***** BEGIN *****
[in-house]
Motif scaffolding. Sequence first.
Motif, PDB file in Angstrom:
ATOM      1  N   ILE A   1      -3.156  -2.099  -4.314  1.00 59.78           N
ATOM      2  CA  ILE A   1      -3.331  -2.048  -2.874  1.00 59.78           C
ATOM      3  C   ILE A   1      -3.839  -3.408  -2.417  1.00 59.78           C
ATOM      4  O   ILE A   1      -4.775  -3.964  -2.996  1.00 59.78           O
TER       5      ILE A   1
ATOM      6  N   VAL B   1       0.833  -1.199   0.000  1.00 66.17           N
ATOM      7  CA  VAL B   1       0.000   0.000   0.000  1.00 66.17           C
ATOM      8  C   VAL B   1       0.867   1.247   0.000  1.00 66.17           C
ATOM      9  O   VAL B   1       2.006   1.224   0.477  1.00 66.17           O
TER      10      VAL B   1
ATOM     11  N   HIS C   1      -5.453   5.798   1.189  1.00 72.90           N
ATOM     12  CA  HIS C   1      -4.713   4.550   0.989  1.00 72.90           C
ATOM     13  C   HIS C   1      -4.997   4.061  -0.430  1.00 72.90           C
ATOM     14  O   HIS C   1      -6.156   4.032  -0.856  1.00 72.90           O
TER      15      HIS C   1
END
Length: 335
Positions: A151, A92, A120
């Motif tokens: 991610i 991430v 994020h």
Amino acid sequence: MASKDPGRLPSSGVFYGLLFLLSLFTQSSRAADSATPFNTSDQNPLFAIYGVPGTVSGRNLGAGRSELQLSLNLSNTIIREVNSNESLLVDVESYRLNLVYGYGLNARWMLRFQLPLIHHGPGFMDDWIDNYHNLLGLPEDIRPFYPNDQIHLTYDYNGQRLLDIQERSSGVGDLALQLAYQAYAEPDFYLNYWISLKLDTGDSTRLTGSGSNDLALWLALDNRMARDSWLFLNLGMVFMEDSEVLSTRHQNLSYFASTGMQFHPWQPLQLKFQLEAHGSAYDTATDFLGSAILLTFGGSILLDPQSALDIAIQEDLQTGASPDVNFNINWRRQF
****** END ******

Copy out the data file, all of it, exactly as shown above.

[in-house]
Motif scaffolding. Sequence first.
Motif, PDB file in Angstrom:
ATOM      1  N   ILE A   1      -3.156  -2.099  -4.314  1.00 59.78           N
ATOM      2  CA  ILE A   1      -3.331  -2.048  -2.874  1.00 59.78           C
ATOM      3  C   ILE A   1      -3.839  -3.408  -2.417  1.00 59.78           C
ATOM      4  O   ILE A   1      -4.775  -3.964  -2.996  1.00 59.78           O
TER       5      ILE A   1
ATOM      6  N   VAL B   1       0.833  -1.199   0.000  1.00 66.17           N
ATOM      7  CA  VAL B   1       0.000   0.000   0.000  1.00 66.17           C
ATOM      8  C   VAL B   1       0.867   1.247   0.000  1.00 66.17           C
ATOM      9  O   VAL B   1       2.006   1.224   0.477  1.00 66.17           O
TER      10      VAL B   1
ATOM     11  N   HIS C   1      -5.453   5.798   1.189  1.00 72.90           N
ATOM     12  CA  HIS C   1      -4.713   4.550   0.989  1.00 72.90           C
ATOM     13  C   HIS C   1      -4.997   4.061  -0.430  1.00 72.90           C
ATOM     14  O   HIS C   1      -6.156   4.032  -0.856  1.00 72.90           O
TER      15      HIS C   1
END
Length: 335
Positions: A151, A92, A120
């Motif tokens: 991610i 991430v 994020h």
Amino acid sequence: MASKDPGRLPSSGVFYGLLFLLSLFTQSSRAADSATPFNTSDQNPLFAIYGVPGTVSGRNLGAGRSELQLSLNLSNTIIREVNSNESLLVDVESYRLNLVYGYGLNARWMLRFQLPLIHHGPGFMDDWIDNYHNLLGLPEDIRPFYPNDQIHLTYDYNGQRLLDIQERSSGVGDLALQLAYQAYAEPDFYLNYWISLKLDTGDSTRLTGSGSNDLALWLALDNRMARDSWLFLNLGMVFMEDSEVLSTRHQNLSYFASTGMQFHPWQPLQLKFQLEAHGSAYDTATDFLGSAILLTFGGSILLDPQSALDIAIQEDLQTGASPDVNFNINWRRQF